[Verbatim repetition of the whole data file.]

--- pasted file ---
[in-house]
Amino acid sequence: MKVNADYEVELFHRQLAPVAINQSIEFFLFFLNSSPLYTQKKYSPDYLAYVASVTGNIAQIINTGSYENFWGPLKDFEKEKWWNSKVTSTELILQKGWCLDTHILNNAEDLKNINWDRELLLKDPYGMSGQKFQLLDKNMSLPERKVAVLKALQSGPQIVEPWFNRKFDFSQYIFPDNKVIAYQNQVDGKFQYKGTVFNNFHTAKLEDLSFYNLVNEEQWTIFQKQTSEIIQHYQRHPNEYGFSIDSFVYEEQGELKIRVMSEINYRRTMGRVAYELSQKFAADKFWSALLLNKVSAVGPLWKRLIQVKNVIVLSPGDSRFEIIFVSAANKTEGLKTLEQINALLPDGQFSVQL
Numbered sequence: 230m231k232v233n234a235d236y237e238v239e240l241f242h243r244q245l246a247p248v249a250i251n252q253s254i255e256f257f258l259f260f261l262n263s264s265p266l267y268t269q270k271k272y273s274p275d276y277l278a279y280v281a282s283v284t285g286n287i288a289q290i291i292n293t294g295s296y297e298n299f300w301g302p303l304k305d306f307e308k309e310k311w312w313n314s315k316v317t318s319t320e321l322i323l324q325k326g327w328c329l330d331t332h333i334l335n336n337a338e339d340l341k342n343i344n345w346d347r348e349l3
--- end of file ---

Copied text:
[in-house]
Amino acid sequence: MKVNADYEVELFHRQLAPVAINQSIEFFLFFLNSSPLYTQKKYSPDYLAYVASVTGNIAQIINTGSYENFWGPLKDFEKEKWWNSKVTSTELILQKGWCLDTHILNNAEDLKNINWDRELLLKDPYGMSGQKFQLLDKNMSLPERKVAVLKALQSGPQIVEPWFNRKFDFSQYIFPDNKVIAYQNQVDGKFQYKGTVFNNFHTAKLEDLSFYNLVNEEQWTIFQKQTSEIIQHYQRHPNEYGFSIDSFVYEEQGELKIRVMSEINYRRTMGRVAYELSQKFAADKFWSALLLNKVSAVGPLWKRLIQVKNVIVLSPGDSRFEIIFVSAANKTEGLKTLEQINALLPDGQFSVQL
Numbered sequence: 230m231k232v233n234a235d236y237e238v239e240l241f242h243r244q245l246a247p248v249a250i251n252q253s254i255e256f257f258l259f260f261l262n263s264s265p266l267y268t269q270k271k272y273s274p275d276y277l278a279y280v281a282s283v284t285g286n287i288a289q290i291i292n293t294g295s296y297e298n299f300w301g302p303l304k305d306f307e308k309e310k311w312w313n314s315k316v317t318s319t320e321l322i323l324q325k326g327w328c329l330d331t332h333i334l335n336n337a338e339d340l341k342n343i344n345w346d347r348e349l3